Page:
1. Do you provide your clients with information?
  2. Is your information relevant to a decision your client needs to make?
  3. Is your information sourced from and/or directly relevant to the living contexts of whatever or whomever is going to be directly impacted by the decisions you seek to support?

If you are unable to respond with an honest and definite YES to all three of these questions, then you aren’t providing ‘decision support’ as such. Instead, you are probably doing something else that is just as valuable, such as change management, continuous improvement, awareness raising, marketing, automation or capability building. While all of these may benefit from using decision support systems and services, they are not in and of themselves a decision support system or service.

What does success in DSSS look like?

Decision support information can be assessed against five critical success factors:

  1. Usefulness: It enables you to do tasks in ways that are otherwise impossible or less effective.
  2. Usability: It is user friendly, enjoyable to use and generally requires minimal effort.
  3. Availability: It is documented and supported, for example by help desk, training or on-line groups.
  4. Alignment: The policies, procedures and processes of your business align with the functions of the service.
  5. Authority: Those responsible for using the service have the necessary authority to do so effectively.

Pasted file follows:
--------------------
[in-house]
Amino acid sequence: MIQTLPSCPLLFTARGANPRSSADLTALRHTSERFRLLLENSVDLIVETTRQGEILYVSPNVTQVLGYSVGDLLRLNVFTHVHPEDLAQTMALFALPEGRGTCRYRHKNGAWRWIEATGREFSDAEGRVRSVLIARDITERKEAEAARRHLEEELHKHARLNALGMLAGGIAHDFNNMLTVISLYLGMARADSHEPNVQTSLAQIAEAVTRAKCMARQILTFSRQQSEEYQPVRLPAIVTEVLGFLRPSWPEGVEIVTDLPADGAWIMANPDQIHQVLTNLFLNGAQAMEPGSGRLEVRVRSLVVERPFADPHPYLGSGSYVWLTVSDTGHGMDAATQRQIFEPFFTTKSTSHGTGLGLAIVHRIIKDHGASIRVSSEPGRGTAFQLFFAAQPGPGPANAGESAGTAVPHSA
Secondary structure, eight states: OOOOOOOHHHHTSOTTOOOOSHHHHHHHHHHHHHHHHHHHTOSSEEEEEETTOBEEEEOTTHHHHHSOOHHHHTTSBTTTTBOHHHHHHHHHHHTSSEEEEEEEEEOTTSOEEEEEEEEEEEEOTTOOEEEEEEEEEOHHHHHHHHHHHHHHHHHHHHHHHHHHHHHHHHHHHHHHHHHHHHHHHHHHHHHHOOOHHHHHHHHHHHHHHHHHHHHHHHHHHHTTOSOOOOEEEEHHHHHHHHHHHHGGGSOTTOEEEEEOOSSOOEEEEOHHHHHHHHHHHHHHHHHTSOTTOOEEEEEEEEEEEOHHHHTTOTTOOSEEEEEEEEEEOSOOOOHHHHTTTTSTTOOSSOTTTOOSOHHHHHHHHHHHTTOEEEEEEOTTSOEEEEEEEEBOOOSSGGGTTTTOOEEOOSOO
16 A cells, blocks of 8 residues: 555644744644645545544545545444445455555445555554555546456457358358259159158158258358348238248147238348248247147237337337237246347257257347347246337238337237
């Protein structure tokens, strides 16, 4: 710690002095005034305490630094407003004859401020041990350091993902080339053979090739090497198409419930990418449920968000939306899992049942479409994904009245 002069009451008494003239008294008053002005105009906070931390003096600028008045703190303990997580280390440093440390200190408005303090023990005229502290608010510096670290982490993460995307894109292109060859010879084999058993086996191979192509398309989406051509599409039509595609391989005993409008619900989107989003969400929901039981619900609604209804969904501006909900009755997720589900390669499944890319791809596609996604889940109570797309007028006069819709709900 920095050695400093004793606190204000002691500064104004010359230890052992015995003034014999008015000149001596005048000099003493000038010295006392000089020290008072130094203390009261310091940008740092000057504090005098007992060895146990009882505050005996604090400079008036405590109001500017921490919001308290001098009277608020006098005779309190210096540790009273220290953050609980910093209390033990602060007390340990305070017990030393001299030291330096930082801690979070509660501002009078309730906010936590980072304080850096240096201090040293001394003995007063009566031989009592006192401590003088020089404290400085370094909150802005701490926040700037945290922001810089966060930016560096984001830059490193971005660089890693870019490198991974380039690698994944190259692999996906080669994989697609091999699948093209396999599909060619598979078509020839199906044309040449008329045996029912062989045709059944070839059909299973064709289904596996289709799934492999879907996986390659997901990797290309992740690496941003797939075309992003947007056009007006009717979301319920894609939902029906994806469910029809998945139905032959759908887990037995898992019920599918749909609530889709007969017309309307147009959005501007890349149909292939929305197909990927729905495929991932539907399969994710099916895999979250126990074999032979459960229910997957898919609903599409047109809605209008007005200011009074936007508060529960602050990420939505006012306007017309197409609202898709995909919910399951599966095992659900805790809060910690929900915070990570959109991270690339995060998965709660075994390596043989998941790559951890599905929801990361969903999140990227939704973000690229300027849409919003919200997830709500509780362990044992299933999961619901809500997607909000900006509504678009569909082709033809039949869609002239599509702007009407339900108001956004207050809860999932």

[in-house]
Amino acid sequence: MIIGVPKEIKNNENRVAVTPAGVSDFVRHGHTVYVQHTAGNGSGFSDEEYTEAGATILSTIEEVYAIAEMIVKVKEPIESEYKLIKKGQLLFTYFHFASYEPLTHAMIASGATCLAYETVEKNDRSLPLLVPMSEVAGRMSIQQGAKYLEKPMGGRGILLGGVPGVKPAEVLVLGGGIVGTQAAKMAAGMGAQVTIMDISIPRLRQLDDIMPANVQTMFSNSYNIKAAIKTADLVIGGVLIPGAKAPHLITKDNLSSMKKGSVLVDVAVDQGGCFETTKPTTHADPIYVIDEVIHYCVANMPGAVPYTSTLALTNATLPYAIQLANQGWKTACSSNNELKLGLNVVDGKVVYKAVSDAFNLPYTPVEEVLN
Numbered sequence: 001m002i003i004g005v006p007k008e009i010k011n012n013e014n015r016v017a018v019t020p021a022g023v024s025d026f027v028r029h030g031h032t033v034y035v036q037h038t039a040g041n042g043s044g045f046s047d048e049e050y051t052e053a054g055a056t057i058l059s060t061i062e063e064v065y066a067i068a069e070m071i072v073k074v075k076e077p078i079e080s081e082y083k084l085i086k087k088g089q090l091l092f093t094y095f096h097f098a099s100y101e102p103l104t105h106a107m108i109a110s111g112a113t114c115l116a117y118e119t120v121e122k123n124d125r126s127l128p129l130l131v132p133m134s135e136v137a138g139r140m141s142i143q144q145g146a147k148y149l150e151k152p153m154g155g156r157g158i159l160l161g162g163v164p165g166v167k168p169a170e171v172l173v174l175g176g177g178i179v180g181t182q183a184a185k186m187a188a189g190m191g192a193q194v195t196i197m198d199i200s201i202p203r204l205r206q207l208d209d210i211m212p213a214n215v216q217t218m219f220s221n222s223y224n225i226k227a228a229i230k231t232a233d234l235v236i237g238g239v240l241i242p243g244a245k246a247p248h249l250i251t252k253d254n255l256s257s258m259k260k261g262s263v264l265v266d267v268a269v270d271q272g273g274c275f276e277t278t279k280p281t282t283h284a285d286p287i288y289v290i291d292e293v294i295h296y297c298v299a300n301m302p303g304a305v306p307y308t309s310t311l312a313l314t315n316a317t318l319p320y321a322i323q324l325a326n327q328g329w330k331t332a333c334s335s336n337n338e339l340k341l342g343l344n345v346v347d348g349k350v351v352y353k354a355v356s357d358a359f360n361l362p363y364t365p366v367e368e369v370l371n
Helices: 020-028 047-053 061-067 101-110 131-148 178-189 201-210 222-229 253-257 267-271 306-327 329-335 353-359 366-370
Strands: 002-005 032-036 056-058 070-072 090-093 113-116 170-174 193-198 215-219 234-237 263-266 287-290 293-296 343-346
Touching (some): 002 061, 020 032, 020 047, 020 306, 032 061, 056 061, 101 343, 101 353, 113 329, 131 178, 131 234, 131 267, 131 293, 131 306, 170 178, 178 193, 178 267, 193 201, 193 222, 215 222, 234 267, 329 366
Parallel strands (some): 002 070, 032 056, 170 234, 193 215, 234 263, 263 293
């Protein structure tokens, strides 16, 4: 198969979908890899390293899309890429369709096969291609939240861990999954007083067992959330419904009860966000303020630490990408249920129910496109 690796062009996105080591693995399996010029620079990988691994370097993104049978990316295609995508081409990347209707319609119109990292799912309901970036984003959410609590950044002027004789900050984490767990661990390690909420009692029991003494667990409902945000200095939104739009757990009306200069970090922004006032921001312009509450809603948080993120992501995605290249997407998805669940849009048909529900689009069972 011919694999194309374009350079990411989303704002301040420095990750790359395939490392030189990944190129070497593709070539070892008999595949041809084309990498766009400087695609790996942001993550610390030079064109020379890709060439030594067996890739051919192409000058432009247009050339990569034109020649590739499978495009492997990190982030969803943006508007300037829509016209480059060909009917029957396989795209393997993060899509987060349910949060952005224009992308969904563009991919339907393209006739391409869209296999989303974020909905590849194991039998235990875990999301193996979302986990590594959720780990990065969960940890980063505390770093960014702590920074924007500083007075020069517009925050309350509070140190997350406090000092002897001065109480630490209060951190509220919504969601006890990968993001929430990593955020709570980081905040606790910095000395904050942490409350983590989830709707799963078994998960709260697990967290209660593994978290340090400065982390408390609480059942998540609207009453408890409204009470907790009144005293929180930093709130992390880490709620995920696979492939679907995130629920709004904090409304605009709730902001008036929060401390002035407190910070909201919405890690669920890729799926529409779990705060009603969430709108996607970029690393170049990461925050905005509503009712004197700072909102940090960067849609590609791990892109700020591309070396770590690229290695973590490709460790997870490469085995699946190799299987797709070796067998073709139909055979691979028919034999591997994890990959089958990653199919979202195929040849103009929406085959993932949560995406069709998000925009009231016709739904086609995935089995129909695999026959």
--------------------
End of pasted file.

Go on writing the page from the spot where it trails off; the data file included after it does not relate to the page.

The future

Decision support systems and services help decision makers understand, manage and respond to the increasingly demanding and complex operational context in which they make decisions.  The creation of decision support systems and services therefore must be highly attuned and responsive to changes in that operational context. A decision support service that is highly useful and relevant today may be entirely irrelevant tomorrow. The changing nature of decisional contexts means that the systems and services that support decisions must also be continually maintained and resourced. This is a great challenge for organisations that seek to benefit from the many advantages of decision support.

Creating a decision support system is not just limited to building the required information technology infrastructure. You also have to create and maintain a network of people to provide the services that maintain the system into the future.

Creating a decision support system is the easy part. Creating decision support services is much more challenging. In fact most decision support systems ultimately become irrelevant because the services they require weren’t properly implemented.


Photo Credit: 'Visitors at USDA's Farmers Market on iPad' by U.S. Department of Agriculture on Flickr. CC by 2-0. 
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Carl Sudholz

Principled Leader at AGContext
Carl Sudholz has over ten years' experience in creating decision support systems and decision support services for public, private and non-for-profit organisations. Carl holds a Bachelor of Science, a Masters of Sustainable Practice and certifications in PRINCE2 Project Management and Business Analysis. Carl's expertise in the methods of creating first-class decision support services is a rare commodity. Especially so, because in this increasingly complex age of big problems, decision support services are ever more important to deliver but ever more difficult to create.